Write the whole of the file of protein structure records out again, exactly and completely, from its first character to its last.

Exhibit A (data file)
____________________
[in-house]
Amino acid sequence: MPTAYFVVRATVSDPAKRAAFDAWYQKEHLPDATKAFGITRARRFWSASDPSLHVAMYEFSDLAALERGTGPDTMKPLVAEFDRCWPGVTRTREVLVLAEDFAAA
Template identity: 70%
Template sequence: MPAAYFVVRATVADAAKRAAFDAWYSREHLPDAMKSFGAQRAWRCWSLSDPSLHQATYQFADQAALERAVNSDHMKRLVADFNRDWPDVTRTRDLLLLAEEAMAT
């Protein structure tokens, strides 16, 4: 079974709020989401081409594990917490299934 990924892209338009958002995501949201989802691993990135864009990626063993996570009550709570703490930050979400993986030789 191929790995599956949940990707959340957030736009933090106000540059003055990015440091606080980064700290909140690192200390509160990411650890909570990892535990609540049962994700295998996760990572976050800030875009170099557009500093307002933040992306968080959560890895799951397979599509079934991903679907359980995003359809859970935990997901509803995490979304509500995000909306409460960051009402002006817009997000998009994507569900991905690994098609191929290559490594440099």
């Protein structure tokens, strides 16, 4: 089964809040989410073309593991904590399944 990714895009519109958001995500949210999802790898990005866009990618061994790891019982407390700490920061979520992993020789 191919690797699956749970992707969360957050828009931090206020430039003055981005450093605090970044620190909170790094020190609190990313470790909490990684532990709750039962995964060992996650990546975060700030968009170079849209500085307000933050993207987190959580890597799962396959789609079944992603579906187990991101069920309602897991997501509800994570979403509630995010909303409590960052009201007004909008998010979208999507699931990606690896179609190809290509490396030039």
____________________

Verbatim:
[in-house]
Amino acid sequence: MPTAYFVVRATVSDPAKRAAFDAWYQKEHLPDATKAFGITRARRFWSASDPSLHVAMYEFSDLAALERGTGPDTMKPLVAEFDRCWPGVTRTREVLVLAEDFAAA
Template identity: 70%
Template sequence: MPAAYFVVRATVADAAKRAAFDAWYSREHLPDAMKSFGAQRAWRCWSLSDPSLHQATYQFADQAALERAVNSDHMKRLVADFNRDWPDVTRTRDLLLLAEEAMAT
């Protein structure tokens, strides 16, 4: 079974709020989401081409594990917490299934 990924892209338009958002995501949201989802691993990135864009990626063993996570009550709570703490930050979400993986030789 191929790995599956949940990707959340957030736009933090106000540059003055990015440091606080980064700290909140690192200390509160990411650890909570990892535990609540049962994700295998996760990572976050800030875009170099557009500093307002933040992306968080959560890895799951397979599509079934991903679907359980995003359809859970935990997901509803995490979304509500995000909306409460960051009402002006817009997000998009994507569900991905690994098609191929290559490594440099």
């Protein structure tokens, strides 16, 4: 089964809040989410073309593991904590399944 990714895009519109958001995500949210999802790898990005866009990618061994790891019982407390700490920061979520992993020789 191919690797699956749970992707969360957050828009931090206020430039003055981005450093605090970044620190909170790094020190609190990313470790909490990684532990709750039962995964060992996650990546975060700030968009170079849209500085307000933050993207987190959580890597799962396959789609079944992603579906187990991101069920309602897991997501509800994570979403509630995010909303409590960052009201007004909008998010979208999507699931990606690896179609190809290509490396030039």